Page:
Edward Toner1

M, (8 April 1783 - 18 February 1867)
     Edward Toner was born on 8 April 1783 at Northumberland County, Province of Pennsylvania, USA.2 He was the son of John Toner and Deborah Knap. Edward Toner married Susannah Updegraff, daughter of Martin Updegraff and Mary Dunn, in 1810 at Lycoming County, Pennsylvania.2 Edward Toner died on 18 February 1867 at Shelby County, Indiana, at age 83 years, 10 months and 10 days.2
     He was a blacksmith by trade but soon after settling in Indiana, he built a hotel on his land and laid out a town which he named Somerset, in honor of his dad's birthplace. After seven years, he turned to farming. In July 1832 he sold his property and moved to Shelby County, Indiana and purchased a farm in Hendricks Township and by 1835 he owned 1,000 acres. He was one of the largest and most active stock traders in that area, he eventually moved to Shelbyville, Indiana.

Edward and Jeremiah Bennett donated the land to the county on which the county buildings now stand in Shelby County, also laying out an addition to Shelbyville that is known as Toner & Bennett's Addition. He also helped in the expense of erecting a house of worship in Hendricks Township, which was named Toner Chapel. He also helped to finance the Methodist Episcopal Church in Shelbyville. He was a Democrat, later a Whig, then later yet a Republican. His estate was divided between his children: Martin - John - Mary - Nancy - James - Edward - Elizabeth - George - Susan - Debby.

In 1880 the "Atlas of Shelby Co., Indiana" was published, in which we find Edward's biography that was submitted to the book's J. H. Beers & Co.. On p. 47, preserved for future generations we find the following:

     Edward Toner

The stoke of the mallet chisels the rough marble block into a shaft of beauty, and artistic skill fashions the letters that tell of the birth, years and death; time covers the beautiful monument with mosses and defaces the inscription, but biography perpetuates the memory of man throughout all time, preserving in the pages of history noble examples for the coming genereations to imitate and follow. It is a duty owed the parents, and living gratification to their descendants to have recorede a true sketch of the departed ones, which we here inscribe in this history.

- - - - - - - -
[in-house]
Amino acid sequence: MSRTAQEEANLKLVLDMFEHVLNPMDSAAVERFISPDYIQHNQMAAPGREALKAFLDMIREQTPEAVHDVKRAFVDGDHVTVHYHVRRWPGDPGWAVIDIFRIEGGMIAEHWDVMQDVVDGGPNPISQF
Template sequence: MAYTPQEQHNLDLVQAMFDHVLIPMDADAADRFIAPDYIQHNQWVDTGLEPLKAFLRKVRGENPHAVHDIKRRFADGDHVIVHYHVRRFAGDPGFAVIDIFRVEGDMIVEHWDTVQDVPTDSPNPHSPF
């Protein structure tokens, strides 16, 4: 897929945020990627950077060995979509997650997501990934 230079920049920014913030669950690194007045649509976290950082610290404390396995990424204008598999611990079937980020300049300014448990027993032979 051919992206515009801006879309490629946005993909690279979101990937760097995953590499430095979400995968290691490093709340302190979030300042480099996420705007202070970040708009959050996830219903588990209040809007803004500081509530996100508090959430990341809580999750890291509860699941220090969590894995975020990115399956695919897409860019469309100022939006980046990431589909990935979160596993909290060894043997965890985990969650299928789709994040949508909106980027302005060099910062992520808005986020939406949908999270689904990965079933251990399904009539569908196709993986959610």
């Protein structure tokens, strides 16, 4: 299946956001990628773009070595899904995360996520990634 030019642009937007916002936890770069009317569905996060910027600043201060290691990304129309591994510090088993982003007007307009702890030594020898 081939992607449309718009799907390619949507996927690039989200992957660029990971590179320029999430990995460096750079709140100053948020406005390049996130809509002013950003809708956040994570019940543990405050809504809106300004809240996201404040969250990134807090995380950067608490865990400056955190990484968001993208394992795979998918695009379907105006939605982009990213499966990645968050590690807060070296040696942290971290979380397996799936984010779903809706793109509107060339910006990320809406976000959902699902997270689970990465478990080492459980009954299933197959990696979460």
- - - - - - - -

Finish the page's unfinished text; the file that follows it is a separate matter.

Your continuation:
Edward Toner was born in Lycoming Co., Penn, April 8, 1783. His father a native of Somerset, Ireland, crossed the Atlantic about the time of the Revolutionary war, and settled in New York State, where he was married to a lady of that state, to whom was born a large family, Edward being the second eldest. Shortly after marriage, they moved to the Keystone State, where his father remained until death. Here in Lycoming County, in the year 1810, the subject of this sketch was married to Miss Susan Updegraff, a native of that county, where she was born April 30, 1793, and was the daughter of Martin and Mary Updegraff, of that state, of German descent. In 1815 Edward, with his mother Deborah and four of the younger children came to the Territory of Indiana, settling in the forests of Franklin County, where his mother spent the balance of her days.